“Why is it so hard to find good employees?”

by | Jul 1, 2020

When I asked you for 2020 blog post ideas, this question came back from various readers (who are mostly small business owners):

“Why is it so hard to find good employees?”

Sad. But I wasn’t shocked.

I began researching this topic a while ago.

Here’s my ‘take’ on the subject, plus a discussion on how to keep good people once we find them.


This post contains severely truncated (!) copy from a thesis I wrote while pursuing my
Master of Science in Project Management degree (2010-2011).
I have not included the references from my research.

Please let me know if you’d like information for a specific item.


What would you say?

Let’s get in our Way Back Machine.

It is 1620 in (what will become) America, and the first Pilgrims are landing at Plymouth Rock.

Or it is 1820.

For either of these, let’s say a minister asks you to give a talk about integrity or work ethic. You would wonder:

“What would I say? This is who we are.”

Fast forward to 2020 in America

“What Happened?”

In all innocence I believe, those who produced my baby boomer generation – born between 1946 and 1964 – let the proverbial camel get its nose under the tent.

They saved the world from fascism, but slowly lost the United States in the process.

We are paying for that in many ways, but it all stems from this:

The Greatest Generation ignored the crusade to
remove morality lessons and God from our schools.

We’re all dealing with the fallout in our workforce.

If they grew up in public schools, many of our employees were taught they are an accident of nature.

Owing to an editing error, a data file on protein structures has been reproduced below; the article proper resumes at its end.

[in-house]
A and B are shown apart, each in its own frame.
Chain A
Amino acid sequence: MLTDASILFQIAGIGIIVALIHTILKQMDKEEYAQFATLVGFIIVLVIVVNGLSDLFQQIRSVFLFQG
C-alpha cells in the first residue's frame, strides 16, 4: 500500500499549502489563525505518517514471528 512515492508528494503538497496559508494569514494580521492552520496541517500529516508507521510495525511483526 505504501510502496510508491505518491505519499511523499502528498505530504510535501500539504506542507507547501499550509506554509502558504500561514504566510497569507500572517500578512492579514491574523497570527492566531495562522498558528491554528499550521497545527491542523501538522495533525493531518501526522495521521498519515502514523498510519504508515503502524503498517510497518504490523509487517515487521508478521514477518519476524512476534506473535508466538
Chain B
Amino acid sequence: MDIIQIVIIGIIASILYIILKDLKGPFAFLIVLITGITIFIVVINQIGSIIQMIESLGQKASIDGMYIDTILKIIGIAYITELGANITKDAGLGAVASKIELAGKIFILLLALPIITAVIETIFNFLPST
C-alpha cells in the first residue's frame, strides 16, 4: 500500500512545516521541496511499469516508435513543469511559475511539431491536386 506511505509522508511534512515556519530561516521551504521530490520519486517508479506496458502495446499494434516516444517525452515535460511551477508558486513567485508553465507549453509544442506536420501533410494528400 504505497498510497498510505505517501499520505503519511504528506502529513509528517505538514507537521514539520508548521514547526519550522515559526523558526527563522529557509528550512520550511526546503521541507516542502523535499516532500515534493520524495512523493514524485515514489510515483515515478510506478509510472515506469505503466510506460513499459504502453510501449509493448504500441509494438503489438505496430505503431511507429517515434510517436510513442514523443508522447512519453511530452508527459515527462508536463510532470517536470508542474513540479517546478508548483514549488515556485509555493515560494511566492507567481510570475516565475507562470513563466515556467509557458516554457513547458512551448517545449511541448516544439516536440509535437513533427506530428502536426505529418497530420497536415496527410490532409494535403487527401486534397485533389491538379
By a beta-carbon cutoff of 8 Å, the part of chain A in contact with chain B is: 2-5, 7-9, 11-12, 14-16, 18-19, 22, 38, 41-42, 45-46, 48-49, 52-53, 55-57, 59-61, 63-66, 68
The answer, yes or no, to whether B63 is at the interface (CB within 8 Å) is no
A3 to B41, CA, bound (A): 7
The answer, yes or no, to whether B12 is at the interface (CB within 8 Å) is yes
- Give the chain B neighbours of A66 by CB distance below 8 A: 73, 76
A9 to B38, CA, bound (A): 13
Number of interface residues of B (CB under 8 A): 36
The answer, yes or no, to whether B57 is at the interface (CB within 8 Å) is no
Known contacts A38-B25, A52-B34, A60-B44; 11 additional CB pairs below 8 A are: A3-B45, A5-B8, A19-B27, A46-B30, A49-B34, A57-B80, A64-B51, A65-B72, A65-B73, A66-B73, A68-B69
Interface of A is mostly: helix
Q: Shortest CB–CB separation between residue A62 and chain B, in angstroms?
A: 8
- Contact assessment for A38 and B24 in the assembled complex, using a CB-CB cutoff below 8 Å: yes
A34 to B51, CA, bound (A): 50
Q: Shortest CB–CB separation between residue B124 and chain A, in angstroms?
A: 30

A bigger version of a lizard, but a lizard just the same.

They didn’t have a plaque on the wall at school encouraging them:

“Don’t lie.”

“Don’t steal.”

“Respect your parents.”

And – especially in these 2000s – “Don’t murder.”

After all, metal detectors are so much better.

Right?

Hmmm.

Families-of-origin make a difference

As I researched this topic, it became clear an employee’s family of origin has a significant impact on their worldview and feelings about morality.

I grew up in a secure environment

Two encouraging parents (including in the aunts’ and uncles’ families).

Family time, church, encouragement. The whole bit.

Hard-working, go-getter adults were citizens for us to emulate.

We ‘kids,’ our children, and our grandchildren are now ethical adults and productive members of society.

Another family’s story was radically different

The father saw his title as ‘Abusive Tyrant’ and lived up to it (physically and psychologically).

Since the mom didn’t step in to stop it, the children heard:

“You’ll never amount to anything.”
“I can’t believe I raised such a stupid kid.”

Breaks my heart.

These kids were taught to work hard. But that was it.

No play. No church. They weren’t taught interpersonal skills.

Mom taught them to lie to Dad about their grades.

Keep the peace, no matter what it costs in honesty.

And there was the sneak-food-into-the-movie thing because Dad wouldn’t give them extra money. There was no remorse.

I guess “Just watch the movie” wasn’t invented at their house, yet (although it had found its way to mine!).

For the most part, the now-grown siblings’ attitude is:

“You owe me something. I had a rough childhood.”

Plus, since they became permissive parents, their kids – and some of their grandchildren – are a mess, too.

One of those grandkids just arrived at your front door.

For a job interview.

Hmmm.

Is it our job to teach morality to our staff?

No.

However, it may fall to us if a bad family situation ignored morality issues. Or parents actively taught their children to lie and cheat, as we saw earlier.

And sometimes – no matter how hard we try – someone slips through the decency crack.

Take heart: the ‘teachables’ are out there!